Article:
Una kingulliqpaanguyuq makimautihimavluni quviahuutigiyauvlunilu pitquhivut pitquhituqavut aannuraangit. Inulrammiivut harimahukpagaat pitquhituqaugamik, atuliqpagaallu Inuinnait inuudjuhingit ilittuqhiivakhugulu hilaryuanut ininganit. Nalunaiqhuni akhuurlualiqhutik pitquhituqanut aturaaqhimmaarumablugit qangaraalungmi.
The new millennium has seen the revival and celebration of our traditional culture and clothing. Our young people find pride in their history, and use their Inuinnait identity to ground themselves on the global stage. They are once again hungry for the traditions that have sustained our people for so long.
Atigit ublumimut niplautarivlugit ayuinningit Inuinnait pitquhiriyangit nutaamik aturluaqhutik utuqqaugaluaqhuniuk pitquhituqangit. Atigit pinniqhivallialiqhutik ivitaangit tautungnaqtut nunakput tautungnanngittunik, unalu miqhaat pinniqhivakhugit aallatqiit ahinit kalikungit ikhiliqpagaallu. Una tunngavigiyangit pitquhivut tautungnaqhuni ikhiit aannuraanut pinniqhivakhugit qupaliqhugillu pinniqtumik. Mitquit huli uqquuhimainnaqtaatigut aullaaqhimagaangapta.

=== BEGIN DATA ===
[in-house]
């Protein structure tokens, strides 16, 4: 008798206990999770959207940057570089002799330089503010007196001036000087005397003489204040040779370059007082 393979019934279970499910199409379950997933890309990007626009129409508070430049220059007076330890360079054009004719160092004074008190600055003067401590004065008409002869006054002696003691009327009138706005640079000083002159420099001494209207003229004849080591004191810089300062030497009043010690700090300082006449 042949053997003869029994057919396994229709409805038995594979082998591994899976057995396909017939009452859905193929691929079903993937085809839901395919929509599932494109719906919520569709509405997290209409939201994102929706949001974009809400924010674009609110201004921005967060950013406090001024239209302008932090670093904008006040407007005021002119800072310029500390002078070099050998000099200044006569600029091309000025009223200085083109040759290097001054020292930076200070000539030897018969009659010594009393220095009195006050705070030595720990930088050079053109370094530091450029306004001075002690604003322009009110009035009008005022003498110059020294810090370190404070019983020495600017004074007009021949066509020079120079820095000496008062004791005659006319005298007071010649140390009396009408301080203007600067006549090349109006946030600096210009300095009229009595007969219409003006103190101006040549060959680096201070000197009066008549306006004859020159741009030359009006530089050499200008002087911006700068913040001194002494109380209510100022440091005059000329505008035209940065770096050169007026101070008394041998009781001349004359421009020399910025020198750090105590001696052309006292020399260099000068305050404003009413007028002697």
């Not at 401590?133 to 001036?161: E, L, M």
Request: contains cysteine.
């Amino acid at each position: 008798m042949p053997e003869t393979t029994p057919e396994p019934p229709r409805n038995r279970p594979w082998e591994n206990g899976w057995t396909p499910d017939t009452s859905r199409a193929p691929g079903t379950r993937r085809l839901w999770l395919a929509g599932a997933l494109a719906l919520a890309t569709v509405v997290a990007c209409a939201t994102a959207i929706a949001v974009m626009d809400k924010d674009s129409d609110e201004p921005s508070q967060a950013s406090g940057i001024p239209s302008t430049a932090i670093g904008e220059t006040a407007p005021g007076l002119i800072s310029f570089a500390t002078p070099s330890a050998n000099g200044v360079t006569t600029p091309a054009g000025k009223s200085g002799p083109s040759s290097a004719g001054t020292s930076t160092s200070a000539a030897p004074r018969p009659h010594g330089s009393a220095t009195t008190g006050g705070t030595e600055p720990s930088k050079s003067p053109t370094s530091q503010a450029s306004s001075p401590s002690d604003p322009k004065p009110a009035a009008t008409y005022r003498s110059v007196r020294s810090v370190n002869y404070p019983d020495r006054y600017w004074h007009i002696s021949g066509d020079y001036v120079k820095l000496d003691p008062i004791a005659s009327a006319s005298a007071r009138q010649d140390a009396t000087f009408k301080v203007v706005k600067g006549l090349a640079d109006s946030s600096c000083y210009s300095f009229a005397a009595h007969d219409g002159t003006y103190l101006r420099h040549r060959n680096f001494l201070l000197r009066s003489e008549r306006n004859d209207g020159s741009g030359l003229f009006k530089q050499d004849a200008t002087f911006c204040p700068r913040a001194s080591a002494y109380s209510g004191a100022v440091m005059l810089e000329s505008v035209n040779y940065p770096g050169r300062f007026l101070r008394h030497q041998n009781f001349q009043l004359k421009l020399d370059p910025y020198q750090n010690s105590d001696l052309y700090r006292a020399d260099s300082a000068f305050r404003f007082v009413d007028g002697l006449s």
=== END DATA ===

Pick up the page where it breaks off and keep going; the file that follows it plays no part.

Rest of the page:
The parkas of today speak to the ability of Inuinnait culture to adapt new materials to age-old values. Parkas are often bright with colours not seen on our landscape, and stitched from synthetic materials and foreign fabrics. The foundation of our culture is still visible in the cut of the clothing and the intricate designs used to adorn them. Fur trim continues to keep us warm while out on the land. Perhaps most importantly parkas are still sewn by Inuinnait, with memories of family and loved ones woven into every stitch.